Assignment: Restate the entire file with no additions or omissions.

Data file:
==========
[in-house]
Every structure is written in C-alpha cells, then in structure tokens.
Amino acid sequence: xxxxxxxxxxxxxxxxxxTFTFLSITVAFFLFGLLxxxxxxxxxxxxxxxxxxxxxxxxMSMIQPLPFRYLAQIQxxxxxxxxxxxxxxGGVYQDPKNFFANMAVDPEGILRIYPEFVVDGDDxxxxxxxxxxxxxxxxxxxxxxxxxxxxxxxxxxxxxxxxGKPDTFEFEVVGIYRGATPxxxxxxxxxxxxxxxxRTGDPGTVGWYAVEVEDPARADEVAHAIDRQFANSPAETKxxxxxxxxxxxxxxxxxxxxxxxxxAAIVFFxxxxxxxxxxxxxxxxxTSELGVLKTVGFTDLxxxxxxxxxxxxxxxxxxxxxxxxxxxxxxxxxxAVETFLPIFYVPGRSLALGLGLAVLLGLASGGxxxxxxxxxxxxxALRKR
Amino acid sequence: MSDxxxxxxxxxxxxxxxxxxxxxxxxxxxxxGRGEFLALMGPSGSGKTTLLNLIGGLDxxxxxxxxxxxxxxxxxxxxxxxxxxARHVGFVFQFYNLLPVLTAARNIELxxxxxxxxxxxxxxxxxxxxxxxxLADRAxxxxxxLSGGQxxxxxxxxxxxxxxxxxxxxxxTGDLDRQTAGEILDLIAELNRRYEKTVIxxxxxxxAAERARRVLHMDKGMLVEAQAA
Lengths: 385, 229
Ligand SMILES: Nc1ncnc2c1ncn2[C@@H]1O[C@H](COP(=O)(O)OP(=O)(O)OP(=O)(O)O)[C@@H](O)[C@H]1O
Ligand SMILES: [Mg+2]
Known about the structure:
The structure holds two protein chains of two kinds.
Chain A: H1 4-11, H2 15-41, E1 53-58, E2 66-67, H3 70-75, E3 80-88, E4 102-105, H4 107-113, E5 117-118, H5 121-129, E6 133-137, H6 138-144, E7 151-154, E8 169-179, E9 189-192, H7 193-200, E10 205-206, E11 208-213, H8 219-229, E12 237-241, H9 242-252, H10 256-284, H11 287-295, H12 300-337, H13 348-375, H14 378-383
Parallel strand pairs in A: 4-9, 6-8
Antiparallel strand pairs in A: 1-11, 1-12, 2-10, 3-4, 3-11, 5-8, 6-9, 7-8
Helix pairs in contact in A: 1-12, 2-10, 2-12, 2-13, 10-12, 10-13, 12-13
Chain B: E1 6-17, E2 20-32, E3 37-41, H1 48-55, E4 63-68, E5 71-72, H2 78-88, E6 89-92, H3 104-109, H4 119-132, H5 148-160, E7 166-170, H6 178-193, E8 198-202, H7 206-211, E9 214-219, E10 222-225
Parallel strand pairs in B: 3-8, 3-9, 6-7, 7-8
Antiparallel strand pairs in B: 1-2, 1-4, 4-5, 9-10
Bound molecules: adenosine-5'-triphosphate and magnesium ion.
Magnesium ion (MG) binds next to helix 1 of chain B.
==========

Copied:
[in-house]
Every structure is written in C-alpha cells, then in structure tokens.
Amino acid sequence: xxxxxxxxxxxxxxxxxxTFTFLSITVAFFLFGLLxxxxxxxxxxxxxxxxxxxxxxxxMSMIQPLPFRYLAQIQxxxxxxxxxxxxxxGGVYQDPKNFFANMAVDPEGILRIYPEFVVDGDDxxxxxxxxxxxxxxxxxxxxxxxxxxxxxxxxxxxxxxxxGKPDTFEFEVVGIYRGATPxxxxxxxxxxxxxxxxRTGDPGTVGWYAVEVEDPARADEVAHAIDRQFANSPAETKxxxxxxxxxxxxxxxxxxxxxxxxxAAIVFFxxxxxxxxxxxxxxxxxTSELGVLKTVGFTDLxxxxxxxxxxxxxxxxxxxxxxxxxxxxxxxxxxAVETFLPIFYVPGRSLALGLGLAVLLGLASGGxxxxxxxxxxxxxALRKR
Amino acid sequence: MSDxxxxxxxxxxxxxxxxxxxxxxxxxxxxxGRGEFLALMGPSGSGKTTLLNLIGGLDxxxxxxxxxxxxxxxxxxxxxxxxxxARHVGFVFQFYNLLPVLTAARNIELxxxxxxxxxxxxxxxxxxxxxxxxLADRAxxxxxxLSGGQxxxxxxxxxxxxxxxxxxxxxxTGDLDRQTAGEILDLIAELNRRYEKTVIxxxxxxxAAERARRVLHMDKGMLVEAQAA
Lengths: 385, 229
Ligand SMILES: Nc1ncnc2c1ncn2[C@@H]1O[C@H](COP(=O)(O)OP(=O)(O)OP(=O)(O)O)[C@@H](O)[C@H]1O
Ligand SMILES: [Mg+2]
Known about the structure:
The structure holds two protein chains of two kinds.
Chain A: H1 4-11, H2 15-41, E1 53-58, E2 66-67, H3 70-75, E3 80-88, E4 102-105, H4 107-113, E5 117-118, H5 121-129, E6 133-137, H6 138-144, E7 151-154, E8 169-179, E9 189-192, H7 193-200, E10 205-206, E11 208-213, H8 219-229, E12 237-241, H9 242-252, H10 256-284, H11 287-295, H12 300-337, H13 348-375, H14 378-383
Parallel strand pairs in A: 4-9, 6-8
Antiparallel strand pairs in A: 1-11, 1-12, 2-10, 3-4, 3-11, 5-8, 6-9, 7-8
Helix pairs in contact in A: 1-12, 2-10, 2-12, 2-13, 10-12, 10-13, 12-13
Chain B: E1 6-17, E2 20-32, E3 37-41, H1 48-55, E4 63-68, E5 71-72, H2 78-88, E6 89-92, H3 104-109, H4 119-132, H5 148-160, E7 166-170, H6 178-193, E8 198-202, H7 206-211, E9 214-219, E10 222-225
Parallel strand pairs in B: 3-8, 3-9, 6-7, 7-8
Antiparallel strand pairs in B: 1-2, 1-4, 4-5, 9-10
Bound molecules: adenosine-5'-triphosphate and magnesium ion.
Magnesium ion (MG) binds next to helix 1 of chain B.